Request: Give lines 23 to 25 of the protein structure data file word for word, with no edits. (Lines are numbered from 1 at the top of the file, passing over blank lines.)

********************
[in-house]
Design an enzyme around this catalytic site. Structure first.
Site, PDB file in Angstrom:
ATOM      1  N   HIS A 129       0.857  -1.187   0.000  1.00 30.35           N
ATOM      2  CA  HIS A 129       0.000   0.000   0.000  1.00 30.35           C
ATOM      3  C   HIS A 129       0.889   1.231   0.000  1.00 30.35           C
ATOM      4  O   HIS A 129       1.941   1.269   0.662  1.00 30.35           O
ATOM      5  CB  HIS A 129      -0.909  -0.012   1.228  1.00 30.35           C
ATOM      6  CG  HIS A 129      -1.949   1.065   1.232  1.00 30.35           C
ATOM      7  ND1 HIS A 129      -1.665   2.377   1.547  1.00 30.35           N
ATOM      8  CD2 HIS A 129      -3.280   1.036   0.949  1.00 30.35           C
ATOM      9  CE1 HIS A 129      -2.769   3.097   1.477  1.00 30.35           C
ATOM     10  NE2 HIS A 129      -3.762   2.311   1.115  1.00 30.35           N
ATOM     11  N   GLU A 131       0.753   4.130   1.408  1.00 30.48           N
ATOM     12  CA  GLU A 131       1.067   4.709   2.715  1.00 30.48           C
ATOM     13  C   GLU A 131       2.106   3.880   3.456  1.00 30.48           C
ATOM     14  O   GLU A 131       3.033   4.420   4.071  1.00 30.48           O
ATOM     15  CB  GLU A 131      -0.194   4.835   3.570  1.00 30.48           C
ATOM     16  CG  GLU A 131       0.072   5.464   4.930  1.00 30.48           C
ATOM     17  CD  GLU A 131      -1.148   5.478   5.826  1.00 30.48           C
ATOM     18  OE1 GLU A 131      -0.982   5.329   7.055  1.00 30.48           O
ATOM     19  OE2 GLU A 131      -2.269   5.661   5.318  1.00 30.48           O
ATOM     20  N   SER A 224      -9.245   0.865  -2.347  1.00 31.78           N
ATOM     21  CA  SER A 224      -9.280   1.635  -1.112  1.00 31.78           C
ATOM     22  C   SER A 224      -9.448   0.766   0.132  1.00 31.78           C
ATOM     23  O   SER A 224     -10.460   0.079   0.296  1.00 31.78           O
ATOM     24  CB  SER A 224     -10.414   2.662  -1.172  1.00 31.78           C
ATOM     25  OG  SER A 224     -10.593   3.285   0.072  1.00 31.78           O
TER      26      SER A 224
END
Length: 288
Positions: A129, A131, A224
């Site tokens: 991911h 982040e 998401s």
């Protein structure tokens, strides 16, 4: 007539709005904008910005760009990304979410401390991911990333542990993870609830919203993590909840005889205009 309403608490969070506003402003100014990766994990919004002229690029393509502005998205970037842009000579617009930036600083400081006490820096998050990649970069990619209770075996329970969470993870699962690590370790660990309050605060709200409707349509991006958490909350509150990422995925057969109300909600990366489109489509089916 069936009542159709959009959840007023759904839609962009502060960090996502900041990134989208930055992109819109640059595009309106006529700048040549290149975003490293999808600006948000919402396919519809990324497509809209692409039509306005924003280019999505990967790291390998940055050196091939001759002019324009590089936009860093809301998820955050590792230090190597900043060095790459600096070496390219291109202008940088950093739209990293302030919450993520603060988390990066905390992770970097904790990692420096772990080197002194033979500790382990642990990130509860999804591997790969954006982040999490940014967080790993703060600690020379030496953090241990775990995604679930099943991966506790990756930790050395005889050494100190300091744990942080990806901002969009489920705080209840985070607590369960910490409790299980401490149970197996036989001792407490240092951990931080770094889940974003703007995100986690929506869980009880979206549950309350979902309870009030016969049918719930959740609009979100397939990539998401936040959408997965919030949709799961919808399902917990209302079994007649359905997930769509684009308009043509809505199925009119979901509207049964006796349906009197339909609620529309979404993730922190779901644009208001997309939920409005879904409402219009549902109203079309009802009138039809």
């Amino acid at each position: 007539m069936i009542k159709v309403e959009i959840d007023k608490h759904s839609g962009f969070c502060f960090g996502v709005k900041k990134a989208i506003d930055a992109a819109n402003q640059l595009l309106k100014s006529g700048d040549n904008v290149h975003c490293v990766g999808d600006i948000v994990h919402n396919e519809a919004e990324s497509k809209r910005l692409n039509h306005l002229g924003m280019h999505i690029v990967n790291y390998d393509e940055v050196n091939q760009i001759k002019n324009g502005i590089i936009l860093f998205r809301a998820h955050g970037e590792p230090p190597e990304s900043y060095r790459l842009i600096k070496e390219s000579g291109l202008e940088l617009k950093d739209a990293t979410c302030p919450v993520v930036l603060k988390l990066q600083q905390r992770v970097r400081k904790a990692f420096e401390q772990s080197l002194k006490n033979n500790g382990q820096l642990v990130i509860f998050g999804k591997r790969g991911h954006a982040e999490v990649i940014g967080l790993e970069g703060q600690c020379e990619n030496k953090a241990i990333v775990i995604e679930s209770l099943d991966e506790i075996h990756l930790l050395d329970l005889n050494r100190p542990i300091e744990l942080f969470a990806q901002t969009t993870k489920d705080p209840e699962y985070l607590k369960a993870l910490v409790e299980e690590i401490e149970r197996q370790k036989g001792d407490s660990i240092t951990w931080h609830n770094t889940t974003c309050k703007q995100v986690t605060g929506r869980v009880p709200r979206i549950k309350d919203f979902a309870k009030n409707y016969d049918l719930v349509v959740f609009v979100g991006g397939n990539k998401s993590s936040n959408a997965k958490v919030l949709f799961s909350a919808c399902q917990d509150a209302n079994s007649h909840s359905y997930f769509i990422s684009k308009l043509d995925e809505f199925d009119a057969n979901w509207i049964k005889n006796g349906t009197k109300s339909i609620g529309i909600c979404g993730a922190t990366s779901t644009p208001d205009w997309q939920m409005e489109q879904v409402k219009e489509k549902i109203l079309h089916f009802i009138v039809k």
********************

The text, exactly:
ATOM     20  N   SER A 224      -9.245   0.865  -2.347  1.00 31.78           N
ATOM     21  CA  SER A 224      -9.280   1.635  -1.112  1.00 31.78           C
ATOM     22  C   SER A 224      -9.448   0.766   0.132  1.00 31.78           C